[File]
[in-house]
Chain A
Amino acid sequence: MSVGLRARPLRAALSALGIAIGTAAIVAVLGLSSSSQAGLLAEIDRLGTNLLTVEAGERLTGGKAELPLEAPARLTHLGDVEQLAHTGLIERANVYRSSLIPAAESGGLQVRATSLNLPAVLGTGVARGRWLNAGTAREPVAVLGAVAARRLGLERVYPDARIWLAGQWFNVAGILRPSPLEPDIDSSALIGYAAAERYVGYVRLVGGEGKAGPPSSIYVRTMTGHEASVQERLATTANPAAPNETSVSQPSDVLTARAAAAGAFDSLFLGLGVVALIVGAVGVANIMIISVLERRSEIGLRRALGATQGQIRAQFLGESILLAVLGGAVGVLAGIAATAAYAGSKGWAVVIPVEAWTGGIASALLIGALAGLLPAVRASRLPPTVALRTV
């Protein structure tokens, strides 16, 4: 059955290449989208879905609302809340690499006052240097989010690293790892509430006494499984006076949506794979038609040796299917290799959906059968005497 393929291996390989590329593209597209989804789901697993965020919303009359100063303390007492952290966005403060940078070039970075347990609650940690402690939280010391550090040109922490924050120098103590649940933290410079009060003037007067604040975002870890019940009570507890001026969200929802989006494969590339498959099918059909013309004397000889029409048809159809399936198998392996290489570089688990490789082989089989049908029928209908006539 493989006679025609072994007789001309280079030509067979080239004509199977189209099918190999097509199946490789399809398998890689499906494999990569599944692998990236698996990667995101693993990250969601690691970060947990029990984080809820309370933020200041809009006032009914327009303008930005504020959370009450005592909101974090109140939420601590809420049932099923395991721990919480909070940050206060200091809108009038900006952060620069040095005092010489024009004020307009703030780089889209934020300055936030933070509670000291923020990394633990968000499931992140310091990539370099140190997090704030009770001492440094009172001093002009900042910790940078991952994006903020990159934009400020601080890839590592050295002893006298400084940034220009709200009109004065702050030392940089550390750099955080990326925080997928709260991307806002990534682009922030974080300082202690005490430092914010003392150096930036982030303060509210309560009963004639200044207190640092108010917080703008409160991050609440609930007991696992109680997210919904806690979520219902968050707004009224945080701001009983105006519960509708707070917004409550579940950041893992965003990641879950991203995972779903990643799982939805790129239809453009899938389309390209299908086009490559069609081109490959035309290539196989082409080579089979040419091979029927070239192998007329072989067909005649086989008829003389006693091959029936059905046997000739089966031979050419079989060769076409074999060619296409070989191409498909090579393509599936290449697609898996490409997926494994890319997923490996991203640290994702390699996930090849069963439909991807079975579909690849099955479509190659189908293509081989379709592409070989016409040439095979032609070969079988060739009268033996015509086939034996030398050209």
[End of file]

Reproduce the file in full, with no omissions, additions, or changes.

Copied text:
[in-house]
Chain A
Amino acid sequence: MSVGLRARPLRAALSALGIAIGTAAIVAVLGLSSSSQAGLLAEIDRLGTNLLTVEAGERLTGGKAELPLEAPARLTHLGDVEQLAHTGLIERANVYRSSLIPAAESGGLQVRATSLNLPAVLGTGVARGRWLNAGTAREPVAVLGAVAARRLGLERVYPDARIWLAGQWFNVAGILRPSPLEPDIDSSALIGYAAAERYVGYVRLVGGEGKAGPPSSIYVRTMTGHEASVQERLATTANPAAPNETSVSQPSDVLTARAAAAGAFDSLFLGLGVVALIVGAVGVANIMIISVLERRSEIGLRRALGATQGQIRAQFLGESILLAVLGGAVGVLAGIAATAAYAGSKGWAVVIPVEAWTGGIASALLIGALAGLLPAVRASRLPPTVALRTV
């Protein structure tokens, strides 16, 4: 059955290449989208879905609302809340690499006052240097989010690293790892509430006494499984006076949506794979038609040796299917290799959906059968005497 393929291996390989590329593209597209989804789901697993965020919303009359100063303390007492952290966005403060940078070039970075347990609650940690402690939280010391550090040109922490924050120098103590649940933290410079009060003037007067604040975002870890019940009570507890001026969200929802989006494969590339498959099918059909013309004397000889029409048809159809399936198998392996290489570089688990490789082989089989049908029928209908006539 493989006679025609072994007789001309280079030509067979080239004509199977189209099918190999097509199946490789399809398998890689499906494999990569599944692998990236698996990667995101693993990250969601690691970060947990029990984080809820309370933020200041809009006032009914327009303008930005504020959370009450005592909101974090109140939420601590809420049932099923395991721990919480909070940050206060200091809108009038900006952060620069040095005092010489024009004020307009703030780089889209934020300055936030933070509670000291923020990394633990968000499931992140310091990539370099140190997090704030009770001492440094009172001093002009900042910790940078991952994006903020990159934009400020601080890839590592050295002893006298400084940034220009709200009109004065702050030392940089550390750099955080990326925080997928709260991307806002990534682009922030974080300082202690005490430092914010003392150096930036982030303060509210309560009963004639200044207190640092108010917080703008409160991050609440609930007991696992109680997210919904806690979520219902968050707004009224945080701001009983105006519960509708707070917004409550579940950041893992965003990641879950991203995972779903990643799982939805790129239809453009899938389309390209299908086009490559069609081109490959035309290539196989082409080579089979040419091979029927070239192998007329072989067909005649086989008829003389006693091959029936059905046997000739089966031979050419079989060769076409074999060619296409070989191409498909090579393509599936290449697609898996490409997926494994890319997923490996991203640290994702390699996930090849069963439909991807079975579909690849099955479509190659189908293509081989379709592409070989016409040439095979032609070969079988060739009268033996015509086939034996030398050209």